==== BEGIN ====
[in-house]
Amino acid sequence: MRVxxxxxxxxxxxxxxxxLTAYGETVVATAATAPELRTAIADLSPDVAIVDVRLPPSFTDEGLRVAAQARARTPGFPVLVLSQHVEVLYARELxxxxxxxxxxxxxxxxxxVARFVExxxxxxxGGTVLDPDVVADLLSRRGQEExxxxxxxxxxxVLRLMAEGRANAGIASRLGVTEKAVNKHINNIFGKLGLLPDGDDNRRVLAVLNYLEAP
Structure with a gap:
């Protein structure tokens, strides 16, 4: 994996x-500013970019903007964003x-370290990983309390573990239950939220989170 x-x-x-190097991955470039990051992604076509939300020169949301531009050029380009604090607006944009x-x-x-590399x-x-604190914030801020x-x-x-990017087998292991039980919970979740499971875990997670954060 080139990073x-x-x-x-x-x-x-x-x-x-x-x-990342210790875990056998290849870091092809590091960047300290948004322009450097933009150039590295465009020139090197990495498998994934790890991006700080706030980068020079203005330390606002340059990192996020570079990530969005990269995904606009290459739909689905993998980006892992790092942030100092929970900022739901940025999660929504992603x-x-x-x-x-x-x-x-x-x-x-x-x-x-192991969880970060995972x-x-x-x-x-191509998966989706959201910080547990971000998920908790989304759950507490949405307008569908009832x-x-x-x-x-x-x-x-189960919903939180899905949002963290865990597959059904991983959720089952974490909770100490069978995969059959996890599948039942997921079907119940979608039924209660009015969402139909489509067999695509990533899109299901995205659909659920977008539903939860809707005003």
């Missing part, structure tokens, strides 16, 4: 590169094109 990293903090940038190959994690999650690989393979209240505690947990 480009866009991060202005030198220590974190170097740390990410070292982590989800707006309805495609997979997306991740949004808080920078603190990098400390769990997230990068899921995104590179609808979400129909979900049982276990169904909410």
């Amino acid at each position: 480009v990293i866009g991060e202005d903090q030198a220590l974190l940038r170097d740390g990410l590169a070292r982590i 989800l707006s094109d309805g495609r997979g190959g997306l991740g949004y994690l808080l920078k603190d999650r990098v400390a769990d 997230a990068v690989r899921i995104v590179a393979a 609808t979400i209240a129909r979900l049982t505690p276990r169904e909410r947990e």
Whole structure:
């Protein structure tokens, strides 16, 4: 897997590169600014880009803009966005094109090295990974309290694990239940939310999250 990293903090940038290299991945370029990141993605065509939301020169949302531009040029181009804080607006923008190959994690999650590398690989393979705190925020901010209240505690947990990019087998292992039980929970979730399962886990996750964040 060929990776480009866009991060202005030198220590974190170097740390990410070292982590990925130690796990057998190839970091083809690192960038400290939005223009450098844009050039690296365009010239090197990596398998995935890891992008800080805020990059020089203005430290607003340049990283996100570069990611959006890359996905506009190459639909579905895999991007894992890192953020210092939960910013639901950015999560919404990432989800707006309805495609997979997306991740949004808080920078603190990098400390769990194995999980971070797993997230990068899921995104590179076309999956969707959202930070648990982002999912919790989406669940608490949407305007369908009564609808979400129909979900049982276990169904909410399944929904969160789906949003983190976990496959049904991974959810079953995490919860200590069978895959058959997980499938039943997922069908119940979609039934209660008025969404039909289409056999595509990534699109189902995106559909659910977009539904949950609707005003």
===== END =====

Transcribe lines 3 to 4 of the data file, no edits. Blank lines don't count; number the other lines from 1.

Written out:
Structure with a gap:
């Protein structure tokens, strides 16, 4: 994996x-500013970019903007964003x-370290990983309390573990239950939220989170 x-x-x-190097991955470039990051992604076509939300020169949301531009050029380009604090607006944009x-x-x-590399x-x-604190914030801020x-x-x-990017087998292991039980919970979740499971875990997670954060 080139990073x-x-x-x-x-x-x-x-x-x-x-x-990342210790875990056998290849870091092809590091960047300290948004322009450097933009150039590295465009020139090197990495498998994934790890991006700080706030980068020079203005330390606002340059990192996020570079990530969005990269995904606009290459739909689905993998980006892992790092942030100092929970900022739901940025999660929504992603x-x-x-x-x-x-x-x-x-x-x-x-x-x-192991969880970060995972x-x-x-x-x-191509998966989706959201910080547990971000998920908790989304759950507490949405307008569908009832x-x-x-x-x-x-x-x-189960919903939180899905949002963290865990597959059904991983959720089952974490909770100490069978995969059959996890599948039942997921079907119940979608039924209660009015969402139909489509067999695509990533899109299901995205659909659920977008539903939860809707005003």